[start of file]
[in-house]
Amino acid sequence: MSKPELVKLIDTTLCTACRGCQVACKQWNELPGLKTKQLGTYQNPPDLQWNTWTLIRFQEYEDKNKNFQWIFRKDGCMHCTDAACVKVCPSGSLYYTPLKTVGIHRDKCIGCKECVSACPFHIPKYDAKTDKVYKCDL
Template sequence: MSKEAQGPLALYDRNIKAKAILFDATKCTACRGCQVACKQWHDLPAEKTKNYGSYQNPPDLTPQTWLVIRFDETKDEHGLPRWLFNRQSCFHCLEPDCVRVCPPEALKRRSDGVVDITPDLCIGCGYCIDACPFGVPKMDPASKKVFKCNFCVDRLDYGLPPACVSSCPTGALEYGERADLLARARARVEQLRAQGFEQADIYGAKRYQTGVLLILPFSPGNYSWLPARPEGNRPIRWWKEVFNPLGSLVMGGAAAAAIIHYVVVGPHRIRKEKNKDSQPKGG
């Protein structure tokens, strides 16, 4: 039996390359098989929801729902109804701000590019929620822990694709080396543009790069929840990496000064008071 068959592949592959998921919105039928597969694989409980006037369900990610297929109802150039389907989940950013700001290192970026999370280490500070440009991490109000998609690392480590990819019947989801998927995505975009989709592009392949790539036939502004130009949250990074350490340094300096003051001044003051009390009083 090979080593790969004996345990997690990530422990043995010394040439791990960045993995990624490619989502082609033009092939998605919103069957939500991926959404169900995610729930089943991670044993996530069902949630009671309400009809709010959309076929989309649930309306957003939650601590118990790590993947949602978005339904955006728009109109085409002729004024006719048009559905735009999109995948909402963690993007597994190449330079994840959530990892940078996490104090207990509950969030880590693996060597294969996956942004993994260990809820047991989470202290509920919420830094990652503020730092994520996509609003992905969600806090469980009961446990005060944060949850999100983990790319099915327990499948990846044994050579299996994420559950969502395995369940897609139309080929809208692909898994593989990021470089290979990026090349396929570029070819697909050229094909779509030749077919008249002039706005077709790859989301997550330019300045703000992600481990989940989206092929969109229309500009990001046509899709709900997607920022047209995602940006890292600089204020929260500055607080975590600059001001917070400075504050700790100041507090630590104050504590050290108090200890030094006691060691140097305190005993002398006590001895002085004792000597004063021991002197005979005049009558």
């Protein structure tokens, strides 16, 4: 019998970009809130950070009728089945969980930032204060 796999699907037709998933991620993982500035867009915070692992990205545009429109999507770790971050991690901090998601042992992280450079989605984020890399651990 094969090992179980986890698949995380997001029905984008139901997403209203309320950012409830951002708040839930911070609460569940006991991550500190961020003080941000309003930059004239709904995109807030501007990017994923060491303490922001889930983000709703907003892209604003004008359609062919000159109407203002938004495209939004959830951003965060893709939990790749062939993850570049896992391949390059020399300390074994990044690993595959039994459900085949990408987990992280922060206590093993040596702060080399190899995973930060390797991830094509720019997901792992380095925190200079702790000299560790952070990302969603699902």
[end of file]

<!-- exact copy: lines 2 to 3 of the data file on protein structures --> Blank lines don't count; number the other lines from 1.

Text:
Amino acid sequence: MSKPELVKLIDTTLCTACRGCQVACKQWNELPGLKTKQLGTYQNPPDLQWNTWTLIRFQEYEDKNKNFQWIFRKDGCMHCTDAACVKVCPSGSLYYTPLKTVGIHRDKCIGCKECVSACPFHIPKYDAKTDKVYKCDL
Template sequence: MSKEAQGPLALYDRNIKAKAILFDATKCTACRGCQVACKQWHDLPAEKTKNYGSYQNPPDLTPQTWLVIRFDETKDEHGLPRWLFNRQSCFHCLEPDCVRVCPPEALKRRSDGVVDITPDLCIGCGYCIDACPFGVPKMDPASKKVFKCNFCVDRLDYGLPPACVSSCPTGALEYGERADLLARARARVEQLRAQGFEQADIYGAKRYQTGVLLILPFSPGNYSWLPARPEGNRPIRWWKEVFNPLGSLVMGGAAAAAIIHYVVVGPHRIRKEKNKDSQPKGG